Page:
I’m still interested in doing light based communication, but I haven’t made a lot of progress. I did build an LTSpice model of the circuit I used yesterday, but other than verifying that it probably would work as built (which it did) I didn’t feel like I had enough brain cells working to optimize the circuit. So, instead, I decided to try to see if I could use an Arduino to send reasonably high quality audio over light using pulse width modulation.

It doesn’t really seem all that hard in principle: the Arduino libraries include an analogWrite() command which can be used to generate a PWM signal on an output pin. But the problem is the frequency of operation is quite low: around 500Hz or so. Since I was interested in sending voice bandwidth signals (say sampled at 8000Hz or so) the PWM “carrier” frequency simply wasn’t high enough.

So, I did a bit of digging. It turns out that you can configure the timers on the ATMEGA328 on board the Arduino pretty easily, and if you dig through the datasheet, scratch your head a bit, and then type carefully, you can come up with the right incantation. Which I did: in fact, it worked the very first time I downloaded it to the board.

I recorded a second or so of audio using Audacity, dumped it as an 8 bit raw audio file, and then converted it to bytes. I then created a very simple program which simply copies each byte to the PWM overflow register, and then delays for 125 microseconds (1/8000 of a second). Other than that, just some simple bit twiddling to change the PWM prescaler to operate at the full 16Mhz clockrate, and… voila.

Witness the video:


Here’s the core of the code (the actual audio data has been stripped for brevity):

#include <avr/pgmspace.h>

prog_uchar bwdat[] PROGMEM = {
0x80, 0x80, 0x80, 0x7f, 0x80, 0x80, 0x80, 0x81, 0x80, 0x80, 0x80, 0x80,
// ... lots of lines deleted for brevity...
0x80, 0x80, 0x80, 0x80, 0x80, 0x81, 0x80, 0x7f, 0x7f, 0x80, 0x80, 0x80,
0x80, 0x81, 0x81, 0x80, 0x80, 0x81
} ;

void
setup()
{
  pinMode(11, OUTPUT);
  TCCR2A = _BV(COM2A1) | _BV(WGM21) | _BV(WGM20);
  TCCR2B = _BV(CS20) ;
  OCR2A = 180;
}

void
loop()
{
  int i ;
  char ch ;
  
  for (i=0; i<sizeof(bwdat); i++) {
    ch = pgm_read_byte_near(bwdat+i) ;
    OCR2A = ch ;
    delayMicroseconds(125) ;
  }
}

Laser audio transmitter…

Okay, so last night, after just testing one of the laser modules I had, I decided to try to make a transmitter to send audio over laser light to my “solar cell + Radio Shack amplified speaker” receiver that I was experimenting with earlier. I suppose I could have used my linear current LED modulator, but there were reasons to believe that it wouldn’t work all that well. Lasers are inherently nonlinear: they are meant to operate under reasonably narrow ranges of drive current, whereas LEDs are fairly linear over a wide range of drive currents. Thus, linear current drive isn’t appropriate for lasers. It would be much better to use pulse-width modulation to simulate AM modulation on a higher frequency carrier.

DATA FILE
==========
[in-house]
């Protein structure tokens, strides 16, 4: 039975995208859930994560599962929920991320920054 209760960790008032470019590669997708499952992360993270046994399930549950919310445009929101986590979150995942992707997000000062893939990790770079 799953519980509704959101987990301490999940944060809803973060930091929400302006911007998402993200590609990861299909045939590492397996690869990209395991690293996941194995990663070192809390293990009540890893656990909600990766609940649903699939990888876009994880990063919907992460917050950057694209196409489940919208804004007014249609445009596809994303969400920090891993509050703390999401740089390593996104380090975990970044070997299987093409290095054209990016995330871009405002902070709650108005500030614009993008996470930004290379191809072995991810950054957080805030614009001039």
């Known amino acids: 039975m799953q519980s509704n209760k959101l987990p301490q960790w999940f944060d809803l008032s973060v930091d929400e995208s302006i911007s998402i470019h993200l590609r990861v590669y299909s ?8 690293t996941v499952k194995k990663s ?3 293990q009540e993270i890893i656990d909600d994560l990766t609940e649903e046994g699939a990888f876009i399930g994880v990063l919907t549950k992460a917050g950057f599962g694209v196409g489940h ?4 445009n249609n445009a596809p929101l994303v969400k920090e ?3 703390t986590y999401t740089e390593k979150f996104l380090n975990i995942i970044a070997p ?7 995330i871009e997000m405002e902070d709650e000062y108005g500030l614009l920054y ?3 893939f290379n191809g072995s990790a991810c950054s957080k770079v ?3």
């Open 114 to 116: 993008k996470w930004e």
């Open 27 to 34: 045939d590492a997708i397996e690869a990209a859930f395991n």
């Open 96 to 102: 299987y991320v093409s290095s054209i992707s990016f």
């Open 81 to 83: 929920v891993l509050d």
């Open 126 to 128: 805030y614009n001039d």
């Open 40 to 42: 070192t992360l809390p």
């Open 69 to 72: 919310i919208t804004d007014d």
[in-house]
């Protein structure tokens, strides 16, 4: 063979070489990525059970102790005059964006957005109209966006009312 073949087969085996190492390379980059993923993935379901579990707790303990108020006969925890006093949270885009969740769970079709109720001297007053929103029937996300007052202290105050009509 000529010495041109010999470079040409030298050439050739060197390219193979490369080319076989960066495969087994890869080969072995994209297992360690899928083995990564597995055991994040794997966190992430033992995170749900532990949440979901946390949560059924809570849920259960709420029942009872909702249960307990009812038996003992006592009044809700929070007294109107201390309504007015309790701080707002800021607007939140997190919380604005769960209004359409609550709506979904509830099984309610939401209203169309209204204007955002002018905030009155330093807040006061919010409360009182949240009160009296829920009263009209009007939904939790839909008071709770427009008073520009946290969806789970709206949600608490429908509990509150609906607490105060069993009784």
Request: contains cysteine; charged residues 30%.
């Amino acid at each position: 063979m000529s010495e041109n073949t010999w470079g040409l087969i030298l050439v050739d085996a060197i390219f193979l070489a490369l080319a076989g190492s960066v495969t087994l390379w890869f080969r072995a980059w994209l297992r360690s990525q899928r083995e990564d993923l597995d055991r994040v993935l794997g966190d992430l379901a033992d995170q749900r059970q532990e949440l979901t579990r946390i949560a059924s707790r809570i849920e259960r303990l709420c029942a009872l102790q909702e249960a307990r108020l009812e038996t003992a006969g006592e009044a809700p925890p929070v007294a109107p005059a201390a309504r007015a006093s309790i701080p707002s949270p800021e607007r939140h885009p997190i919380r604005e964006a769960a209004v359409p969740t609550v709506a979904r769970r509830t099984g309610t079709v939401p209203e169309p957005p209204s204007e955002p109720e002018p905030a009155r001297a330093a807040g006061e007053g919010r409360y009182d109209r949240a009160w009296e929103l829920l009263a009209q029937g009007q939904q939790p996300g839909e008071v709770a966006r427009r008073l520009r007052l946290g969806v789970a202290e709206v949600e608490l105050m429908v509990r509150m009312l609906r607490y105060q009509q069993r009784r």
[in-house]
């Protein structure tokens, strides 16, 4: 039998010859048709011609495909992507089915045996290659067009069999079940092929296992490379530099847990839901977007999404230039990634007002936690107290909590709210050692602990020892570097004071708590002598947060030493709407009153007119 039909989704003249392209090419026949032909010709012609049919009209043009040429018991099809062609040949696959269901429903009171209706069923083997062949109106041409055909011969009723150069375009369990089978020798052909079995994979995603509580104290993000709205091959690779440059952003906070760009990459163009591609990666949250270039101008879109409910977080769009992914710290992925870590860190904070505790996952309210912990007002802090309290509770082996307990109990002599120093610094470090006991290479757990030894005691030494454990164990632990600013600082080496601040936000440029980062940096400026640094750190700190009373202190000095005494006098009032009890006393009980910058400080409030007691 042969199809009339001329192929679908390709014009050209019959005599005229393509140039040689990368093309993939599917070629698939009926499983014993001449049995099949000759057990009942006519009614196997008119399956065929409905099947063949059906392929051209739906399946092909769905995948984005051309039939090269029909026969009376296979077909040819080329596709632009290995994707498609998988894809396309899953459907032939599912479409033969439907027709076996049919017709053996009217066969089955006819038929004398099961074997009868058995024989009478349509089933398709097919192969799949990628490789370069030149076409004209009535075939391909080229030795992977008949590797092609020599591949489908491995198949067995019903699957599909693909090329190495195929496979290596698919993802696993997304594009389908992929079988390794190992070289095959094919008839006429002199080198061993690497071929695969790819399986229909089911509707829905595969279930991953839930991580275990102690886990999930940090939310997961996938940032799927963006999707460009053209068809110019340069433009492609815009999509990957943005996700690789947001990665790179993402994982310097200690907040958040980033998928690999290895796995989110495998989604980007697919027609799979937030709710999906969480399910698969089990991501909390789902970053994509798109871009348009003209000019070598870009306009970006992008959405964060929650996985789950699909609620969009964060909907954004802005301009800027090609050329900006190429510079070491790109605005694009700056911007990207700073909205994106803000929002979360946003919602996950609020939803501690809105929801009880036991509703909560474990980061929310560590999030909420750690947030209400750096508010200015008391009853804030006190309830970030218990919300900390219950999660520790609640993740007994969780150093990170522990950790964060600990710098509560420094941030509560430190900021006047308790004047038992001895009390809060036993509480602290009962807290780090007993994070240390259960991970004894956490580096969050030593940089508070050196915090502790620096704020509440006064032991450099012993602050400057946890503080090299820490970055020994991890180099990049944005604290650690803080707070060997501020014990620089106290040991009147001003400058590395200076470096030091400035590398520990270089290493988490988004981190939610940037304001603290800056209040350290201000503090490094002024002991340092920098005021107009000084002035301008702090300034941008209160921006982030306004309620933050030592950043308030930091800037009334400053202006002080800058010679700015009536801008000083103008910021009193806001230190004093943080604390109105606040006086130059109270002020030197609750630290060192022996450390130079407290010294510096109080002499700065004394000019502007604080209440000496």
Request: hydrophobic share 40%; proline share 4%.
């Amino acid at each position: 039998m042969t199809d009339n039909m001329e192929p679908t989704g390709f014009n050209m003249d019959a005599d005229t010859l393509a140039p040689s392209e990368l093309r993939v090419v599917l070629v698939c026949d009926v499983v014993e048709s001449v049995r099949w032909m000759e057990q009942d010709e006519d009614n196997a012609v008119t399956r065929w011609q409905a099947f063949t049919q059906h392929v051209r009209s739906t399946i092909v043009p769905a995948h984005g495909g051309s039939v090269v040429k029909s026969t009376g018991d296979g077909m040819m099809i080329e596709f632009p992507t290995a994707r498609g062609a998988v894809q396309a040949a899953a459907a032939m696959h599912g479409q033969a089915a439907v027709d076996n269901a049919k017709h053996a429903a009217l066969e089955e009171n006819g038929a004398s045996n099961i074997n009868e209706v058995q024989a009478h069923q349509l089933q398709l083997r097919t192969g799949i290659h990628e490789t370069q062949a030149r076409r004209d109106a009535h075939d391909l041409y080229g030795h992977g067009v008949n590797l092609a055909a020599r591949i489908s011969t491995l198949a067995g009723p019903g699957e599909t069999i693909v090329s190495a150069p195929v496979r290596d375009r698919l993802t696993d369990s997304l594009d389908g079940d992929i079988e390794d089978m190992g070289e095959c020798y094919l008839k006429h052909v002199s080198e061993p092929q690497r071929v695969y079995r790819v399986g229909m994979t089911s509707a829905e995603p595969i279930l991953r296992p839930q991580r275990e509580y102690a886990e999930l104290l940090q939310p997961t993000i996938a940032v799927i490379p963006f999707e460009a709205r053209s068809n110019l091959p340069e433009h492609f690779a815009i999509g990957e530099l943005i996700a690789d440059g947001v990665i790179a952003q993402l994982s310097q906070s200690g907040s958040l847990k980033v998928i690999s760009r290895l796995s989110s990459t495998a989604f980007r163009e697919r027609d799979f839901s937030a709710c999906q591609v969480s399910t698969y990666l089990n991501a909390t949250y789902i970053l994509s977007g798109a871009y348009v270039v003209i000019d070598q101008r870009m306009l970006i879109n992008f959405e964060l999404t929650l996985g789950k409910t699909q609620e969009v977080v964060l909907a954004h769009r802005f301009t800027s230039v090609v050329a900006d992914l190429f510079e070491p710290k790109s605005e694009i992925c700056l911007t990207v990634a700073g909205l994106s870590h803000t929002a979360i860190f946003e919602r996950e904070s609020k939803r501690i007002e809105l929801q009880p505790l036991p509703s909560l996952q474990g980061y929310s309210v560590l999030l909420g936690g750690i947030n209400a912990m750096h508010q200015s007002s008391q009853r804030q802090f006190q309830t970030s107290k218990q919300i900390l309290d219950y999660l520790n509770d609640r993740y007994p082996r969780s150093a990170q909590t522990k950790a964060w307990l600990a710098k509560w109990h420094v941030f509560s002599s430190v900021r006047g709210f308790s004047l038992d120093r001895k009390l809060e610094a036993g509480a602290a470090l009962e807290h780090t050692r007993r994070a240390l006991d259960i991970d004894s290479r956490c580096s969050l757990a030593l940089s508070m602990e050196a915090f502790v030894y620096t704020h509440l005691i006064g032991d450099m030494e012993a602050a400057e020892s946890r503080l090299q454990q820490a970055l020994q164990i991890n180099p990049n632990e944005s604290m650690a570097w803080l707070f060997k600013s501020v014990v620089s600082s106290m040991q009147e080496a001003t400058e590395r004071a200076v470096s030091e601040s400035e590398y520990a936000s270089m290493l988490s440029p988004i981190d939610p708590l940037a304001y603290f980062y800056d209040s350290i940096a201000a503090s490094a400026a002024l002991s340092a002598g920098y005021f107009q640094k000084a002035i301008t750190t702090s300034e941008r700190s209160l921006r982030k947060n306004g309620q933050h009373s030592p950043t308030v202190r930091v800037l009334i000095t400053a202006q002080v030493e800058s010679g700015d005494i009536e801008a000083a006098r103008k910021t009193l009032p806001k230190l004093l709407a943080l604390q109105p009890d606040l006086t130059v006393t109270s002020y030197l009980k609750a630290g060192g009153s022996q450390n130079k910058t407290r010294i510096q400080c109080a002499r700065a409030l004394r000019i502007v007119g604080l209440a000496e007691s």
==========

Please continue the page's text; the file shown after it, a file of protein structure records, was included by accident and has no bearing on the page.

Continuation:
So, that’s what I did.

I took the quickest way out: I built one using a 555 timer. I had previously built a simple AM radio transmitter using a 555 timer, and somewhat unsurprisingly, the exact same circuit can be used to drive a laser. You simply hook a current limiting resistor (150 ohms in my case) and the laser diode to the output at pin 3 of the 555 astable multivibrator, aim it at your solar cell receiver, and.. voila! It works!

Well, it sort of works. The sound quality, like the sound quality of the AM transmitter that I liked to above, leaves something to be desired. It’s not unintelligible or anything, it’s just not particularly high fidelity. So, rather than shoot a video that demonstrates it, I thought I’d spend some time trying to figure out how to design a system that would work better. Here are some of my basic thoughts:

My input biasing and scaling for the prototype was completely adhoc. I merely injected the voltage directly onto pin 5, without any impedance matching, scaling or biasing. That’s mostly because I was pretty sure that even without those things, I’d get some modulation that would be detectable. I was right, but I really should go back and figure out what the right answer is to ensure that I have deep modulation with a typical -1v to 1v, low impedance audio signal (which is what I’m feeding into it).

The AM carrier frequency I picked was selected by just using two resistors (I think 1K) from my junkbox, and then selecting caps to get the frequency of oscillation above the audio frequencies people can hear. I think I ended up with a 0.01 uF cap, which results in a frequency of oscillation of around 46Khz). That seems okay, but on the receive side, we could benefit by some bandpass filters centered around that frequency (this would hopefully decrease the 60 hz buzz I get from flourescent lighting).

I got a few more ideas, but they will have to wait until after breakfast. Oh, and baseball. A double header, A’s versus Angels.

Addendum: Okay, before I left, I recorded a quick demonstration to show how it works. It’s not bad actually:

Just playing with laser diodes…

A while ago, I got some laser diodes from from dealextreme.com. They were dirt cheap, but I haven’t had any chance to hook them up. I didn’t have a datasheet for them either, so wasn’t sure exactly what I should do to current limit them. So, I hooked it in series with a 150 ohm resistor and a 9v battery, and measured both the current and the voltage drop across the laser module. The resulting beam seemed bright and steady.

The current through the circuit was approximately 37ma, and showed a voltage drop of almost exactly 2.5 volts. That means the total power consumed is about 92 mw. These laser modules seem to be good quality: the beam is bright and quite round. While I don’t have a specific model number on these diodes, staring at datasheets for similar diodes make me believe I’m probably not too far off in terms of picking a good current.

Yes, yes, I should use a better constant current circuit. This was just a first test.